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Advancing Pharmacists’ Prescribing

Sep 16, 2016
Paul W. Abramowitz, Pharm.D., Sc.D. (Hon.), FASHP

Paul W. Abramowitz, Pharm.D., Sc.D. (Hon.), FASHP

AJHP, ASHP’s PEER-REVIEWED SCIENTIFIC JOURNAL, continues to support our members’ efforts to provide optimal patient care with its second theme issue, the September 15 issue on Prescribing. As we work to improve the quality of the U.S. healthcare system, one of the keys to accomplishing this goal is to emphasize the continued use of pharmacists as the healthcare team members who are responsible and accountable for prescribing medications.

As you know, the concept of pharmacists as prescribers is not new, but it is a concept that has gained some traction in recent years. Given our education and training on the science and therapeutic use of drugs, pharmacists are uniquely qualified to prescribe medications. Although controversy still may exist around the concept of pharmacists as prescribers, an optimal solution is an interdependent prescribing model — in the context of team-based care — that employs pharmacists vetted through credentialing and privileging processes. This is a solution that involves pharmacists, physicians, and nurses working together in a professional partnership to optimize patient outcomes. Pharmacists’ prescribing privileges should be limited to appropriately trained and credentialed pharmacists who have access to the patient as well as the complete medical record, and who actively participate with physicians and nurses as members of a healthcare team.

The current AJHP theme issue focused on Pharmacist Prescribing provides a comprehensive view of various approaches to pharmacists’ prescribing activities, including a compelling article on clinical privileging practices at The Johns Hopkins Health System, The Ohio State University Wexner Medical Center, and Truman Medical Centers. There are also extremely insightful articles on pharmacist prescribing practices at the Veterans Health Administration, University of Washington/Seattle Cancer Care Alliance, University of North Carolina Medical Center, Virginia Mason Medical Center, University of Utah College of Pharmacy, and Kaiser Permanente. There’s a great article on the approach Canada has taken to pharmacist prescribing, and one on improvements to Ohio’s state collaborative practice act. The articles in this edition of AJHP represent many others examples around the country. This issue will undoubtedly prove to be a must-read and reference for all pharmacists who seek to advance their practice now and in the future.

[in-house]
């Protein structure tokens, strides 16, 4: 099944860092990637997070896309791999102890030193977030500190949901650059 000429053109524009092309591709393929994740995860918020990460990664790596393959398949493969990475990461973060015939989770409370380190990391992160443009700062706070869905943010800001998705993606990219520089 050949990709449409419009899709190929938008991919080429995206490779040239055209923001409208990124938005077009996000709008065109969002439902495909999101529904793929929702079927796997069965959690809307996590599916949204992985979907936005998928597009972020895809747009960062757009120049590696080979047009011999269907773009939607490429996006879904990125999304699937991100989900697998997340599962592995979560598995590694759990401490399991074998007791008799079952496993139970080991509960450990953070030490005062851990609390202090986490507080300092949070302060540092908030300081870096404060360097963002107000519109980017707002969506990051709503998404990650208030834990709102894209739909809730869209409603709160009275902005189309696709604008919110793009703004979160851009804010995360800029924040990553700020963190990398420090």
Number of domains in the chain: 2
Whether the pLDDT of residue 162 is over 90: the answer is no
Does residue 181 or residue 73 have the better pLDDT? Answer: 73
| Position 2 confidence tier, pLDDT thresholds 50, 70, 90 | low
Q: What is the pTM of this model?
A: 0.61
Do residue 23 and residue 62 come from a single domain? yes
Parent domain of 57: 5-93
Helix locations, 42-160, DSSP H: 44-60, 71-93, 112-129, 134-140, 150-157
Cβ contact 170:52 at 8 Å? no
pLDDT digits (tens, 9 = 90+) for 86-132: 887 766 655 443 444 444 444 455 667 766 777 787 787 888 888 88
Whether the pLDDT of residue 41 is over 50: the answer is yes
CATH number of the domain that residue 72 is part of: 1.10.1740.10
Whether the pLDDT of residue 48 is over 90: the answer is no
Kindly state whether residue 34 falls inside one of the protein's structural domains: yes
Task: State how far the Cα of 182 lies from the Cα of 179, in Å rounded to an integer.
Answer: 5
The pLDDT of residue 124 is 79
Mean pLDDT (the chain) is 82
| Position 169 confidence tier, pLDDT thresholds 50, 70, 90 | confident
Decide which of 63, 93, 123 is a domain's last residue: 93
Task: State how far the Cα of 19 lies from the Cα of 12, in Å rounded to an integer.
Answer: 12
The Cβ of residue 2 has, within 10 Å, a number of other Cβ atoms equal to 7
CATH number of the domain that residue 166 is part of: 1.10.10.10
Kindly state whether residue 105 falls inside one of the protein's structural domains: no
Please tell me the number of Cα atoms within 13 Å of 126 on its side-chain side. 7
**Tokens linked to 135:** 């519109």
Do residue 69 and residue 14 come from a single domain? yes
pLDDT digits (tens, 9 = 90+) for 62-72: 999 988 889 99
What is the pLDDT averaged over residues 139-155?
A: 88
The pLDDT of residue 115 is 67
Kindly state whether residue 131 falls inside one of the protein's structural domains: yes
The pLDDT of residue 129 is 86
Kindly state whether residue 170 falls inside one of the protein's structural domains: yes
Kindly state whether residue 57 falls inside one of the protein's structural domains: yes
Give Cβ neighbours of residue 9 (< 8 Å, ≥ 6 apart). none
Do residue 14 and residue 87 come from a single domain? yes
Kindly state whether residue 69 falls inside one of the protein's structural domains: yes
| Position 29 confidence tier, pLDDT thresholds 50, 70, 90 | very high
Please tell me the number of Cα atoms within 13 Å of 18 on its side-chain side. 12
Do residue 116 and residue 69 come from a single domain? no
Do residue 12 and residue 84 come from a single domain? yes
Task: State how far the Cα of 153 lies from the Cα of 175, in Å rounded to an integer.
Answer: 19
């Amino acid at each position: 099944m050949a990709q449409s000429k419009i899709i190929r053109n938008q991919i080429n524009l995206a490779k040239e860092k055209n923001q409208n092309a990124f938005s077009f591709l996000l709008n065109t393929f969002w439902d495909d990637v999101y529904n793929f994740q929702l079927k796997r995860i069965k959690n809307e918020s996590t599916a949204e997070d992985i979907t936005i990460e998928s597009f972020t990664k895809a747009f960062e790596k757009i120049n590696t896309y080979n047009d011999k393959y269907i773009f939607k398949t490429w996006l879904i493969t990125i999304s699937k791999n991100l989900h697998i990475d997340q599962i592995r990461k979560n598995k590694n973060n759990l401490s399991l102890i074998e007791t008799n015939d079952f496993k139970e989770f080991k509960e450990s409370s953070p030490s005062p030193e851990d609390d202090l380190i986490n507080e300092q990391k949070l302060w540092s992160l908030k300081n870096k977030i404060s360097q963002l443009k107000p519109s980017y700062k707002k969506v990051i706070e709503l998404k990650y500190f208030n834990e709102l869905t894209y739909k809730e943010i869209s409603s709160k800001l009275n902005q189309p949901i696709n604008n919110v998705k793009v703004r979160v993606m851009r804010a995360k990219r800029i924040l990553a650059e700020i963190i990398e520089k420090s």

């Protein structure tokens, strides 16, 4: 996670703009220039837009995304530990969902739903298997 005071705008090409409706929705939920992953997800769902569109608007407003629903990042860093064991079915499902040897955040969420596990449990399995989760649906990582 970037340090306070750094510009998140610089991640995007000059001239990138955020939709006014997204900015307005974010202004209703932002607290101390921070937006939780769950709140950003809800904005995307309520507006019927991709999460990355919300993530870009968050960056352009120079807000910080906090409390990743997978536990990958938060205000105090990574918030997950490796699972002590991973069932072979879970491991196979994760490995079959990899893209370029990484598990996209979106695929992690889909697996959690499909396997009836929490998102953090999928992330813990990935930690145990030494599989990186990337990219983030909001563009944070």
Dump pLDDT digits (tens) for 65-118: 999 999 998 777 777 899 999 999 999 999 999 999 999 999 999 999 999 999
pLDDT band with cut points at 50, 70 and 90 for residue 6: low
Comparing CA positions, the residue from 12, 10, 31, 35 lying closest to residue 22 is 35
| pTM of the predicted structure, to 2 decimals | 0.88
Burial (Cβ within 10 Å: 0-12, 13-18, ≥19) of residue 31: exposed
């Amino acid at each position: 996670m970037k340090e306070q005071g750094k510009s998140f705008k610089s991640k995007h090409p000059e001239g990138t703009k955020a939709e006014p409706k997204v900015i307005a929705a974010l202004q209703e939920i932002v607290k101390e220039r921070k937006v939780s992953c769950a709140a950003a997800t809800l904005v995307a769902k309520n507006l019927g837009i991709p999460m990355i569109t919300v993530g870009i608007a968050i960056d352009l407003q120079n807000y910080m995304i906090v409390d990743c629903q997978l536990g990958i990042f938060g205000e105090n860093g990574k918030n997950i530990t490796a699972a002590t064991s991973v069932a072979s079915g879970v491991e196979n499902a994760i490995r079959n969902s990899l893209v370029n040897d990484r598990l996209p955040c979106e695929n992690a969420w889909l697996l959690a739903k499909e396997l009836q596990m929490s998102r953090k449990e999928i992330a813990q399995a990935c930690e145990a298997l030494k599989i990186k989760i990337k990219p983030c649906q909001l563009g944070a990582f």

I hope you enjoy the array of perspectives provided in this theme issue of AJHP and share my enthusiasm about how far pharmacy practice has advanced over the years and what is yet to come. ASHP and its members have played a major role in these advancements, and we should all be very proud!

The Prescribing issue is the second of three theme issues planned for 2016. The first, focused on Specialty Pharmacy, was published on June 1. On December 1, AJHP will publish a theme issue that provides a comprehensive review of pharmacists’ roles in Pharmacogenomics.

Thank you for all that you do on behalf of your patients and the profession.

Paul

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